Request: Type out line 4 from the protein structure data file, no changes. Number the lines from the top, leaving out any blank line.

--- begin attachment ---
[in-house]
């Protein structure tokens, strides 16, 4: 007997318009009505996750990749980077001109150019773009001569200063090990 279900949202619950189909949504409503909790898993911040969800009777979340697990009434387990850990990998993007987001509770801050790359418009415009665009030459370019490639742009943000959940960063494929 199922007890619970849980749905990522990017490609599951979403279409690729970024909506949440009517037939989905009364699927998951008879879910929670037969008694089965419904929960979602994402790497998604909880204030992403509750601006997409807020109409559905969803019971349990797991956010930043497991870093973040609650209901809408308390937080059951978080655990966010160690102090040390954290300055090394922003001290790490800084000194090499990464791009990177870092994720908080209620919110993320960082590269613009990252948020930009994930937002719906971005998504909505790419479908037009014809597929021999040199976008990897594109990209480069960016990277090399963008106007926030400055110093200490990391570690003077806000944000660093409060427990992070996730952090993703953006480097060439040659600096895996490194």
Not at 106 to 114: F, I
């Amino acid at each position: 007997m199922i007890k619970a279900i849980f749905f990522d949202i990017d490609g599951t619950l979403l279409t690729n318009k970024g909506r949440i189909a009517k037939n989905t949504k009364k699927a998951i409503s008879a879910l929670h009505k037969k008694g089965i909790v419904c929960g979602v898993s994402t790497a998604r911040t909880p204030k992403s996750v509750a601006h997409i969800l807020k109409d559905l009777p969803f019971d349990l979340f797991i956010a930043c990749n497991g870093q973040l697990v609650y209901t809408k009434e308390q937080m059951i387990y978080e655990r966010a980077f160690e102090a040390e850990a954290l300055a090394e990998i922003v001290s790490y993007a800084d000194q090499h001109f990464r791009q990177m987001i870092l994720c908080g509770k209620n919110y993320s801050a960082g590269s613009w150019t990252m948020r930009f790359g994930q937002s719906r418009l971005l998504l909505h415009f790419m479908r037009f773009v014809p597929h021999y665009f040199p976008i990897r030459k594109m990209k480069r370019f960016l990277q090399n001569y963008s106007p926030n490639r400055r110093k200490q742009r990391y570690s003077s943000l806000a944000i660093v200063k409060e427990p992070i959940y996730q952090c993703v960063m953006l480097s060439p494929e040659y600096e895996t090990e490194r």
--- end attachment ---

């Amino acid at each position: 007997m199922i007890k619970a279900i849980f749905f990522d949202i990017d490609g599951t619950l979403l279409t690729n318009k970024g909506r949440i189909a009517k037939n989905t949504k009364k699927a998951i409503s008879a879910l929670h009505k037969k008694g089965i909790v419904c929960g979602v898993s994402t790497a998604r911040t909880p204030k992403s996750v509750a601006h997409i969800l807020k109409d559905l009777p969803f019971d349990l979340f797991i956010a930043c990749n497991g870093q973040l697990v609650y209901t809408k009434e308390q937080m059951i387990y978080e655990r966010a980077f160690e102090a040390e850990a954290l300055a090394e990998i922003v001290s790490y993007a800084d000194q090499h001109f990464r791009q990177m987001i870092l994720c908080g509770k209620n919110y993320s801050a960082g590269s613009w150019t990252m948020r930009f790359g994930q937002s719906r418009l971005l998504l909505h415009f790419m479908r037009f773009v014809p597929h021999y665009f040199p976008i990897r030459k594109m990209k480069r370019f960016l990277q090399n001569y963008s106007p926030n490639r400055r110093k200490q742009r990391y570690s003077s943000l806000a944000i660093v200063k409060e427990p992070i959940y996730q952090c993703v960063m953006l480097s060439p494929e040659y600096e895996t090990e490194r």